The stated aim in the Directions Paper is to produce practical and streamlined legislation, with a number of key priorities identified including:

  • Removal of elements of duplication under SPA and place complexity into regulations.
  • Simplifying the requirements to reduce the risk of technical non-compliance and emphasis towards a more practical processing method by removing the development assessment process to a statutory instrument.
  • Addressing a number of technical regulatory issues such as conflicts, repetition, logical sequencing of provisions and simplified content.
  • Moving the establishment and jurisdiction of the Planning and Environment Court to separate legislation, along with procedural rules and fee regulation.

Practical Support for local governments

The Directions Paper acknowledges that the proposed planning reforms will largely be delivered by local governments, and the concern that the process of implementing the changes will impact upon their resources. The key priorities identified in the Directions Paper which seek to address these concerns include:

  • Engaging with local governments and industry to minimise liability to councils from claim arising from natural hazards such as floods, bushfires, landslides and coastal erosion.
  • Retaining the local government designation process.
  • Extending the statutory timeframe for the creation of a local government infrastructure plan by a further two years.
  • Working with local governments to identify the tools, support, training and guidance to implement the new legislation.

Changes to previous 2014 Bill

Community involvement

This revival of the planning law reform has several instances of difference from the process commenced by the Newman Government. The premise of the Newman Government’s reform was a stated purpose to promote ‘prosperity’. The current government has emphasised the importance of community consultation and providing support to local governments. The Directions Paper states an intent to provide genuine public participation and engagement through statutory guidelines that will introduce new community engagement standards for local government in the planning process.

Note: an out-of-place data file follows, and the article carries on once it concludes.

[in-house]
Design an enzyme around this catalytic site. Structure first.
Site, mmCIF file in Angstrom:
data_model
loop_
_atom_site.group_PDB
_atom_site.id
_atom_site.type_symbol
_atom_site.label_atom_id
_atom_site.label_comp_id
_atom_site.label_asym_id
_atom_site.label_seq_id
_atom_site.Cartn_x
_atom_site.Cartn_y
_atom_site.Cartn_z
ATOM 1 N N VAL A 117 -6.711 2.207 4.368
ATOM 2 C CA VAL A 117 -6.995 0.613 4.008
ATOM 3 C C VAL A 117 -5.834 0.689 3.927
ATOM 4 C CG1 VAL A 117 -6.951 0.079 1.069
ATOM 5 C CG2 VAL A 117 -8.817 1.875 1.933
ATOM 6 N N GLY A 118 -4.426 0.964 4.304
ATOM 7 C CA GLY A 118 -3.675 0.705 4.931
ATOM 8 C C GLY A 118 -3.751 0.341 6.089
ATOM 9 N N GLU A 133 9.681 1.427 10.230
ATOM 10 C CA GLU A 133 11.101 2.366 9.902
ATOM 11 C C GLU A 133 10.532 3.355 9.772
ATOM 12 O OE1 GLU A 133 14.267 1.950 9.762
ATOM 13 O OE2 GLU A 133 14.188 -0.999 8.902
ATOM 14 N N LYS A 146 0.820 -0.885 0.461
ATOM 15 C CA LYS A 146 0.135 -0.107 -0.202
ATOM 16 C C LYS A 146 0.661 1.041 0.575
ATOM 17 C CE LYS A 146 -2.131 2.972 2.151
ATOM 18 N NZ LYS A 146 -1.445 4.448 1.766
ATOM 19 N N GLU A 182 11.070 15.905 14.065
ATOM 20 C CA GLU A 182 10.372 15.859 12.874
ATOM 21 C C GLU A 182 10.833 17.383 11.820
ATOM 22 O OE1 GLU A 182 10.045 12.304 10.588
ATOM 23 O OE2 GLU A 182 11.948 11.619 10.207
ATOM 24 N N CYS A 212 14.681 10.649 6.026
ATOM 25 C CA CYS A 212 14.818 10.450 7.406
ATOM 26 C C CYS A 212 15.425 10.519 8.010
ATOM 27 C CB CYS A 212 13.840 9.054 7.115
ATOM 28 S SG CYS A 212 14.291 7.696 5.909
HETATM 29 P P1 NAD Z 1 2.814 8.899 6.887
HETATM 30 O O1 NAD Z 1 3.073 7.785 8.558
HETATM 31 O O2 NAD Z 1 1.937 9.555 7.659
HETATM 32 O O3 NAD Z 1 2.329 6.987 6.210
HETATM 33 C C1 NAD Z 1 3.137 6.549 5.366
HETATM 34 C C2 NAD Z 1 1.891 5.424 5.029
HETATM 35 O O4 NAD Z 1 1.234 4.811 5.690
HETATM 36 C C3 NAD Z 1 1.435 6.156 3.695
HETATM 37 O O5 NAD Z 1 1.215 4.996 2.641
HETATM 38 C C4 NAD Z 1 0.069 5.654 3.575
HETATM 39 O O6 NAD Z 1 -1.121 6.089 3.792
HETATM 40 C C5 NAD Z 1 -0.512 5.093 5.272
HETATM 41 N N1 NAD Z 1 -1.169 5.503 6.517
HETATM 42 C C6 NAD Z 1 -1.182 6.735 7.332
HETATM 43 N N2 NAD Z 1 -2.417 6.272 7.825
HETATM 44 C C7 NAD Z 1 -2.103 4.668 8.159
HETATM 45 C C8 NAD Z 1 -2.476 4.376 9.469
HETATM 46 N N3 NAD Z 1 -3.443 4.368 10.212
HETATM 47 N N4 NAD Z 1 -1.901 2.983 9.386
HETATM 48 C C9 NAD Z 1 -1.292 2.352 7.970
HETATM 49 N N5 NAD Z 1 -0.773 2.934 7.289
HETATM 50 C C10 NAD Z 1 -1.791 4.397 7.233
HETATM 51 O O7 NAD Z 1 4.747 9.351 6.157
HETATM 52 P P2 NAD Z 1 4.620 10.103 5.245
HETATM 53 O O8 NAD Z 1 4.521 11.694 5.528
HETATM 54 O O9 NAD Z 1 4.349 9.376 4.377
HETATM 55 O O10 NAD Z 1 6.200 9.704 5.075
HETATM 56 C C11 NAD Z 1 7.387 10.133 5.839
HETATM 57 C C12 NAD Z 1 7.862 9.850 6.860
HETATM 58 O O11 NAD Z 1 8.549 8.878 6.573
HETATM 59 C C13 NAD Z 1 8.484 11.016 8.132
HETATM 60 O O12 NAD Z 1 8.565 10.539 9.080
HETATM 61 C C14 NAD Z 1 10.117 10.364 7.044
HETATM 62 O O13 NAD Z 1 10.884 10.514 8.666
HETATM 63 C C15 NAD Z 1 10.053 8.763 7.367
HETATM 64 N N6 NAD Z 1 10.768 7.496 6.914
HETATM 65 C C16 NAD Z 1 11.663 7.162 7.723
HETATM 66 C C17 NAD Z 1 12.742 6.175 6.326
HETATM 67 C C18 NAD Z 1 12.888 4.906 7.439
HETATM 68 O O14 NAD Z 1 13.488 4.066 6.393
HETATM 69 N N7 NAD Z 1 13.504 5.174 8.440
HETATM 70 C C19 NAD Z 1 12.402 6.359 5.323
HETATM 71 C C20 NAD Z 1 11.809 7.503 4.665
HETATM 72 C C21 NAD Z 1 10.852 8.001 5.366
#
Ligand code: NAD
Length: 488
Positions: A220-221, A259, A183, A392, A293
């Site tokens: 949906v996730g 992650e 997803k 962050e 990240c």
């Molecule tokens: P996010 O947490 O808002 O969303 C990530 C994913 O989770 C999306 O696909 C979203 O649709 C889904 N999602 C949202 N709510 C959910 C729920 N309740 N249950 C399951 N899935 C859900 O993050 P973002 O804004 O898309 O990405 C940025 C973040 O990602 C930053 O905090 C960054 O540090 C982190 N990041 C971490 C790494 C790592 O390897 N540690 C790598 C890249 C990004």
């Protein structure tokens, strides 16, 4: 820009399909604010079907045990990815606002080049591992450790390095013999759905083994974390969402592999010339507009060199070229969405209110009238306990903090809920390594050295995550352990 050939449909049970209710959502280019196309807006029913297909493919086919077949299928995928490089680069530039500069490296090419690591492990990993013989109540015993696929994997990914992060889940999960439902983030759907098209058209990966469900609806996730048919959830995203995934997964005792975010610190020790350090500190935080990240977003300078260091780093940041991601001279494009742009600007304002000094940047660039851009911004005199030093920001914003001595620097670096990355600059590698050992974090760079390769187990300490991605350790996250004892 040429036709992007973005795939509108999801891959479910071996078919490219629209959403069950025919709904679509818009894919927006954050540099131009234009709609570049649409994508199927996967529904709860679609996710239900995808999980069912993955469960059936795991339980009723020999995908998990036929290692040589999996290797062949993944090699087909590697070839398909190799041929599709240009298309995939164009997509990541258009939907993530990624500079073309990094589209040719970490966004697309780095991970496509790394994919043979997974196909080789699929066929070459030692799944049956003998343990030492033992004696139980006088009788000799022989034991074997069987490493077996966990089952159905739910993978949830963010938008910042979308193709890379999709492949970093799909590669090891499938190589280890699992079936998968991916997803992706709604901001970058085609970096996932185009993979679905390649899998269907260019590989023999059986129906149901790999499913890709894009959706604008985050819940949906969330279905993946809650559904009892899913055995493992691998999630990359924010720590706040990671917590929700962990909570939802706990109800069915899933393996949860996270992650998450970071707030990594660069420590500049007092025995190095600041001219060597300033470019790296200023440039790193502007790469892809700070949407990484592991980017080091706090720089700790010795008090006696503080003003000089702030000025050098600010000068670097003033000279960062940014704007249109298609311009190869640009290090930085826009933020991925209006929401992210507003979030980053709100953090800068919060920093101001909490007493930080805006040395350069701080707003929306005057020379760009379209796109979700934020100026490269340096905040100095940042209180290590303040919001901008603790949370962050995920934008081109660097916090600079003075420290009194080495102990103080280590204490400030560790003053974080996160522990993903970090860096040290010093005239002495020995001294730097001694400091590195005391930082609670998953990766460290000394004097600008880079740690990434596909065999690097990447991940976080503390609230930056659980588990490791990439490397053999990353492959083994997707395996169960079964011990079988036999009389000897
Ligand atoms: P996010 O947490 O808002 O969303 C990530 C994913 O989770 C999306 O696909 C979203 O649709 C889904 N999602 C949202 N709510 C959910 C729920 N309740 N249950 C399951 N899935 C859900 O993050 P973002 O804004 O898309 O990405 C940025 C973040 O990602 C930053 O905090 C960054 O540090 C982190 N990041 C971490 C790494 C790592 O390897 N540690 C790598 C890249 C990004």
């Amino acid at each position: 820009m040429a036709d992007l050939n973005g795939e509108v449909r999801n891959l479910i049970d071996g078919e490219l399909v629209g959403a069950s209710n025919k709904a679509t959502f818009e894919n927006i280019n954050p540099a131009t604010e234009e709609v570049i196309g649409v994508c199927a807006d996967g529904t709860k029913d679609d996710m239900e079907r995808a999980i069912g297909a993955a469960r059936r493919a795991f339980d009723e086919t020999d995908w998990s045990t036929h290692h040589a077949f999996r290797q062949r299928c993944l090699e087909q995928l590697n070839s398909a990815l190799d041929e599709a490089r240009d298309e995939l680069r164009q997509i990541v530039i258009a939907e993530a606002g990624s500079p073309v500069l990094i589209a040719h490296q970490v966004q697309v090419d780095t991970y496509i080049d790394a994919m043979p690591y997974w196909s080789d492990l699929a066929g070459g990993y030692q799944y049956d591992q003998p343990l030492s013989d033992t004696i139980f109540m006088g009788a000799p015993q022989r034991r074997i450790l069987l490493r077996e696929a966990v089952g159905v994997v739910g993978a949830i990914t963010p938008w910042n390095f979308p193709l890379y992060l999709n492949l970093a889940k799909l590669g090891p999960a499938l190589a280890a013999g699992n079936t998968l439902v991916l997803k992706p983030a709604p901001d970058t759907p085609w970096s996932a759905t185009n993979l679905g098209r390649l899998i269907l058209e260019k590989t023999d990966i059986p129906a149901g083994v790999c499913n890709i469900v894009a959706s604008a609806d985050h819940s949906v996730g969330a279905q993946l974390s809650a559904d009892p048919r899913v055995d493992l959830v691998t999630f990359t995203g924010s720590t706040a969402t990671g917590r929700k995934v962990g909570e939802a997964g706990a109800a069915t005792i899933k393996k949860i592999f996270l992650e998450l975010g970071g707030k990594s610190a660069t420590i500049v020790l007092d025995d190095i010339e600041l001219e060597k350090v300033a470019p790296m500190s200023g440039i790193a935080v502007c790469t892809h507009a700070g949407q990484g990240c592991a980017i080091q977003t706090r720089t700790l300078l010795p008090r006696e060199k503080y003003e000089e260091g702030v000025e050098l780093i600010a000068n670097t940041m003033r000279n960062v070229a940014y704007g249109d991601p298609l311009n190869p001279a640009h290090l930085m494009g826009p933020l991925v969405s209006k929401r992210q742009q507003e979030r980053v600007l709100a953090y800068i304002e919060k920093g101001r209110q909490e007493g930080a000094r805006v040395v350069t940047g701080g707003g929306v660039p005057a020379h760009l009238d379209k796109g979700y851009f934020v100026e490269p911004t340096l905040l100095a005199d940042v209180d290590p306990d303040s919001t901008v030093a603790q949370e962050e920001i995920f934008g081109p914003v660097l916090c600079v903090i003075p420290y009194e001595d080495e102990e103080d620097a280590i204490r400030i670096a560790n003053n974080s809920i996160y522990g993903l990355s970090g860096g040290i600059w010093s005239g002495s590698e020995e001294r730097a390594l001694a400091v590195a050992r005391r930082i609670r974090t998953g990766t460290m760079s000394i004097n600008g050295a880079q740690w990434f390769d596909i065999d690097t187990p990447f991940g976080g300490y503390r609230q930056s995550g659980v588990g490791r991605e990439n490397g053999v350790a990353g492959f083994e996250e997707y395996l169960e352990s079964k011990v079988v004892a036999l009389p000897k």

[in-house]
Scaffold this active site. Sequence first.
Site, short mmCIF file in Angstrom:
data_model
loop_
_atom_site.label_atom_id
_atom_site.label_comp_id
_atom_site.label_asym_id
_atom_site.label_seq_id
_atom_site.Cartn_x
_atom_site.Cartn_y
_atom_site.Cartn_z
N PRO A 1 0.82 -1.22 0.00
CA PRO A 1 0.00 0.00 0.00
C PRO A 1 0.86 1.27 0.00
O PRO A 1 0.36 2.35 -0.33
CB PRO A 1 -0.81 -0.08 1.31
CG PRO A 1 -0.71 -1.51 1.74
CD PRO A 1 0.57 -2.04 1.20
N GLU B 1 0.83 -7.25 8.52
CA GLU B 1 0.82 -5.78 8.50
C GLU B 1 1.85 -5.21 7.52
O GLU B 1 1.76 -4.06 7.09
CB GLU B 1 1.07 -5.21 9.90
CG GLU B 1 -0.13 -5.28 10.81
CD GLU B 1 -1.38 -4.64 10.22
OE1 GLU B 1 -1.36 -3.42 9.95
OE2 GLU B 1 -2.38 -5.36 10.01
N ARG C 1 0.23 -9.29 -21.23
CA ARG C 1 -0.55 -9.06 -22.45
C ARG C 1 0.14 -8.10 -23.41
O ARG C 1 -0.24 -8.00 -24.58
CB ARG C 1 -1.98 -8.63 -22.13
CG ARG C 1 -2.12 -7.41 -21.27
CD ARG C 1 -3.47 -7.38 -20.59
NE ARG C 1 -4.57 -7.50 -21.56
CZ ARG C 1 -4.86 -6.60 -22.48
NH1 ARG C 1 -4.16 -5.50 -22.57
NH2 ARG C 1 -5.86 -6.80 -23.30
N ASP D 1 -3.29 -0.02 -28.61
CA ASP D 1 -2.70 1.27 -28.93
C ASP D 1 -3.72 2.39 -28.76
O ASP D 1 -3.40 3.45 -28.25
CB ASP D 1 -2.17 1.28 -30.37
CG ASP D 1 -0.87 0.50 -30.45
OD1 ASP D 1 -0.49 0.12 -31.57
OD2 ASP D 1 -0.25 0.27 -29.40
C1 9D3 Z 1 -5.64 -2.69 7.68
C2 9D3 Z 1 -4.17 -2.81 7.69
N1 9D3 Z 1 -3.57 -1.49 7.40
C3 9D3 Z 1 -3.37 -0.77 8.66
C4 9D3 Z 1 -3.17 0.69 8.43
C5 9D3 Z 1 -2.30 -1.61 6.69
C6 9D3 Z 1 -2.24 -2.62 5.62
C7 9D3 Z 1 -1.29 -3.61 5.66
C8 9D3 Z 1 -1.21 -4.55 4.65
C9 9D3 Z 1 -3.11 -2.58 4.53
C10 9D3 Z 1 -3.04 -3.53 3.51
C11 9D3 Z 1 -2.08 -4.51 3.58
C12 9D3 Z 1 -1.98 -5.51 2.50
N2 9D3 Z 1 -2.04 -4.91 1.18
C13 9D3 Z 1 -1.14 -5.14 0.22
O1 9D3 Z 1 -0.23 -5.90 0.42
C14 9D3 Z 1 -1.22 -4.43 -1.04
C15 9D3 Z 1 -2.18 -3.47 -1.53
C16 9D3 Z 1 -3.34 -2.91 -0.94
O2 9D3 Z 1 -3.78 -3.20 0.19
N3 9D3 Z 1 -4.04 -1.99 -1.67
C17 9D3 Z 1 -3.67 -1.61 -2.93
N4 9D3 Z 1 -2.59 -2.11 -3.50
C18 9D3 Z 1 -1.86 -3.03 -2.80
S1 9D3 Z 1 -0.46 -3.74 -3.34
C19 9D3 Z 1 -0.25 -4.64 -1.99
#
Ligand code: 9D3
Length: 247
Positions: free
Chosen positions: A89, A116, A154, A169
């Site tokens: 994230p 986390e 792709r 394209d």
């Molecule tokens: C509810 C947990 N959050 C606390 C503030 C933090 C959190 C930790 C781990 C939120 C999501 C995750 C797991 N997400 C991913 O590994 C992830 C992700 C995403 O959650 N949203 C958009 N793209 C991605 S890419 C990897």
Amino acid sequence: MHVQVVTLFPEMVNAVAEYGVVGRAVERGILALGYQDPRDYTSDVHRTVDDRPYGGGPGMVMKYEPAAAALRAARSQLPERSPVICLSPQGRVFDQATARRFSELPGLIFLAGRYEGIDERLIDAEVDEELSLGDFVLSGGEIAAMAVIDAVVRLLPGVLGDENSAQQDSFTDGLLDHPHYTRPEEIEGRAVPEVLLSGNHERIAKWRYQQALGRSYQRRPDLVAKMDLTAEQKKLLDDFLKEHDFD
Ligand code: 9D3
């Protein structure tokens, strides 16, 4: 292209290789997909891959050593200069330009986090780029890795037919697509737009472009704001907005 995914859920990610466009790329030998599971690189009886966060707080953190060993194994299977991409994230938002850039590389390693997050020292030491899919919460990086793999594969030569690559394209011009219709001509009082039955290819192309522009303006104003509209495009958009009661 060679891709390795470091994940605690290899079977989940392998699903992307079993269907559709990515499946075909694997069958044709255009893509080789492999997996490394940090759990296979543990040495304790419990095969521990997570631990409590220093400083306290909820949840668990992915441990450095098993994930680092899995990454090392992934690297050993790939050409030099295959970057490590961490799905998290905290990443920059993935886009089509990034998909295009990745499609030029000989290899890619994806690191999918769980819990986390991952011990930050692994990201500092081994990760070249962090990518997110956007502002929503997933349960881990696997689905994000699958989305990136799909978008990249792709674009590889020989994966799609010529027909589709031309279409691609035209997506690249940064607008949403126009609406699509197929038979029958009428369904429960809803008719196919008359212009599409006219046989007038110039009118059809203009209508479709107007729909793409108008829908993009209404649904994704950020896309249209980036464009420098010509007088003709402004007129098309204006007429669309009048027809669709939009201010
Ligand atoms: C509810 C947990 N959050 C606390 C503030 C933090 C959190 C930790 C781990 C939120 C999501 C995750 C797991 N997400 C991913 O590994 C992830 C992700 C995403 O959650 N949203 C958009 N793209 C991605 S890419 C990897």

Costs position

It is proposed to reverse the Newman Government’s controversial amendments to SPA and the proposed position under the 2014 Bill in relation to costs for litigants to the Planning and Environment Court. The Directions Paper states that a priority of the new system, as part of ensuring an open, transparent and accountable planning system, will be for residents and community group submitters to have third party appeal rights on all publicly notified applications without exposure to an award of litigation costs against them.

Where to from here

The Directions Paper is a very high level document which itself only proclaims to ‘chart a strategic course for the next steps in planning reform’. It contains many admirable and aspirational ‘motherhood’ statements as to the intent for the proposed bill to be developed. The key of course will be to see the proposed bill once released later this year. The Directions Paper makes it clear there will be an opportunity for engagement by the development and construction industry, planning and legal professionals and environmental and community groups in the planning reform directions taken in this process. So interested parties should ensure they look for the release of further guidance materials by the government, and any forums to participate and provide input or feed back.